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B How to solve this specific logarithm problem

  1. Feb 14, 2017 #1
    (This is absolutely not a HW problem) I had posted in a much older thread, so just wanted to post again in a new one. How would you solve, for x:

    5x = 4x + 1

    x = 1 is clearly an answer, but I get struck when trying to solve using logs.

    If I take log5 of both sides I get,

    x = log5 ( 4x+ 1) and of course you don't distribute the log function. So how does one solve this?
  2. jcsd
  3. Feb 14, 2017 #2


    Staff: Mentor

    Why did you re-post it?

    You know that ##x=1## is a zero of ##f(x)=5^x-4^x-1##. What methods do you know to show, that it is the only zero?
    So in doing so, you know indirectly ##5^x = 4^x + 1 \Longrightarrow x=1##.
  4. Feb 14, 2017 #3
    Sorry to repost. I haven't posted in PF in a while and didn't realize the old post got moved to the top.

    I've been trying, and in that form too, and I just don't see it. I don't think it's in quadratic form so I don't see a way to do a u-substitution, and I can't see how I can apply the zero product law without factoring. I'm thinking I must be rusty on some exponent law that I'm missing.
  5. Feb 14, 2017 #4


    Staff: Mentor

    fresh_42 is, I believe, steering you toward using methods of calculus to show that the function has only one zero.
  6. Feb 14, 2017 #5
    I am not at that level. I have not done calculus in such a long time. The only thing I can think of is the mean value theorem will tell you something about whether a zero exists, but I simply do not know the method to calculate the zero. Can someone please show me how this would be solved?
  7. Feb 14, 2017 #6


    Staff: Mentor

    It cannot be solved explicitly, will say, there is no formula to get from ##5^x=4^x+1## to ##x=1##.
    Can you differentiate it? This would help to show whether the function ##f(x)=5^x-4^x-1## is increasing. Or you might be able to show, that ##f(x)<0## for ##x<1## and ##f(x)>0## for ##x>1##. These are possible ways to show that only ##x=1## solves the equation. All of them are kind of indirect, because you cannot rearrange the equation to a form ##x= \ldots##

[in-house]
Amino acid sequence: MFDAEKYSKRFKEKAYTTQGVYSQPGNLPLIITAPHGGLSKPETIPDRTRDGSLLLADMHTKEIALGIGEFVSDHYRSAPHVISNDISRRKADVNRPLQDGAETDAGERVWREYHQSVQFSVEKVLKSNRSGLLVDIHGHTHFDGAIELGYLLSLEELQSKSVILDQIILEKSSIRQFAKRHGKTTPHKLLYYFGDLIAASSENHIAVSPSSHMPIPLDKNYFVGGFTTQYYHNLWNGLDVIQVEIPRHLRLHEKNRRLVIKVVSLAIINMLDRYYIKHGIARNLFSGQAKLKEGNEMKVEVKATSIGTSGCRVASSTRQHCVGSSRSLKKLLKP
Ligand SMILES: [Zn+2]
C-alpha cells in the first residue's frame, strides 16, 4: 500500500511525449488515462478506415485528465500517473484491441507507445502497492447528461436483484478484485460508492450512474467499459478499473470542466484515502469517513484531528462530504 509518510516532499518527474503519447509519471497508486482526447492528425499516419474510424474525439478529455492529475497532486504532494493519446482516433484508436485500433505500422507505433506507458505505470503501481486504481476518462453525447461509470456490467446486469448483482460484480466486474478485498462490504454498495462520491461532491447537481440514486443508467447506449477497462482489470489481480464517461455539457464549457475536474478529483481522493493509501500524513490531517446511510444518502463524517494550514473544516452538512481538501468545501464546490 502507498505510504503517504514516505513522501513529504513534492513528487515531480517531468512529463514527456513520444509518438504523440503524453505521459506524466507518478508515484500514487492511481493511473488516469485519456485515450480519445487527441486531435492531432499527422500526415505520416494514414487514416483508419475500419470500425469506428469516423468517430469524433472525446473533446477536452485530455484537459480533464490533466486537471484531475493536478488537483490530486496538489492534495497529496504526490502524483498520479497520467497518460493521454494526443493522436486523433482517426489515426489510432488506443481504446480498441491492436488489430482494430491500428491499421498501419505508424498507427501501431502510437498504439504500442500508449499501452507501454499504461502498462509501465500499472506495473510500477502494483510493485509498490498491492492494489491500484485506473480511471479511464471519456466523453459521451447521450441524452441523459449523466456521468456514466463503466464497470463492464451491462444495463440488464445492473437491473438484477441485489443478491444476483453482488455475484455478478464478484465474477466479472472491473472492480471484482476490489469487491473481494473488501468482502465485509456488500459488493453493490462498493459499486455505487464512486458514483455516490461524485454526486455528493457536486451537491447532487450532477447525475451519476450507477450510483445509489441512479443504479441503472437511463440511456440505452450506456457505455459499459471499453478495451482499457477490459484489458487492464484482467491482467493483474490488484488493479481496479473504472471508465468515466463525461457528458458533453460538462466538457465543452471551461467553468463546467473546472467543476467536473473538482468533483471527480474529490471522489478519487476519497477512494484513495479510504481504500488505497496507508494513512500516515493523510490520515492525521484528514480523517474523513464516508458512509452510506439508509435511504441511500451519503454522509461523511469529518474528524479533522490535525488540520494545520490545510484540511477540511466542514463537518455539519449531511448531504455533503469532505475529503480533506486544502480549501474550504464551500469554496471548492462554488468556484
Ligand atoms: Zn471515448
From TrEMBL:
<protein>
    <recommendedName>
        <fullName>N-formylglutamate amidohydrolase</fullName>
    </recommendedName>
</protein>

8. Feb 14, 2017 #7
    Would this be a situation for the Squeeze Theorem? It's definitely always increasing and I recall the mean value theorem would prove that there exists a real zero, but I don't know how to get 1 as an answer. Like I mentioned, I haven't done calculus in 6 years and am just grasping at straws. If it can't be done with logs I guess I just feel better I wasn't missing anything.
  9. Feb 14, 2017 #8


    Staff: Mentor

    You get ##1## as an answer only by numeric methods, e.g. the Newton-Paphson method or by using Wolframalpha or in this case by an easy guess. I think in this case it is easier to show where ##f(x) < 0## and where ##f(x) > 0## since we know the answer already than to use any theorems.
  10. Feb 14, 2017 #9


    Staff: Mentor

  11. Feb 15, 2017 #10
    Don't know if this will help, but . . .

    You have x = log5( 4x+ 1) . This implies x > 0.

    In this range, the slope of 5^x is always greater than that of 4^x. (This can be proved by calculus, but it's probably obvious.)

    Both are monotonically increasing functions. So, geometrically, it follows that the curve of y = 5^x can't intersect that of y = 4^x + 1 more than once.
  12. Feb 15, 2017 #11


    User Avatar
    Science Advisor

    That part of the argument is not well stated.

    Both f(x) = 10x + sin x and g(x) = 10 x are monotone increasing. Yet the graphs of f(x) and g(x) intersect infinitely many times.

    A better observation is that the slope f(x) = 5x is [for positive x] greater than that of g(x) = 4x + 1 (and that are both defined for positive x). This means that the slope of f(x) - g(x) in this range is always positive and consequently that f(x) - g(x) is monotone increasing for positive x. This means that it can have at most one positive zero.
    Last edited: Feb 15, 2017
  13. Feb 18, 2017 #12
    I did make the point about the slopes; probably I should have repunctuated to emphasise it.

    But perhaps the main point is that in this case, as for many real-world problems, there is no clean "algebraic" way to get to the solution. You either happen to see a solution (as here) and convince yourself it's the one want, or you use some numerical approach or possibly algebraic approximation.
  14. Feb 19, 2017 #13


    Staff: Mentor

    The equation above does not imply that x > 0. A log function can evaluate to a negative number; for example, ##\log(1/10) = -1##.
  15. Feb 22, 2017 #14
    Look at the original equation:
    x=log5(4x+1) (Sorry for the typo above.)

    The quantity 4x must be greater than zero; therefore the argument of the log is greater than 1, and the log is positive.
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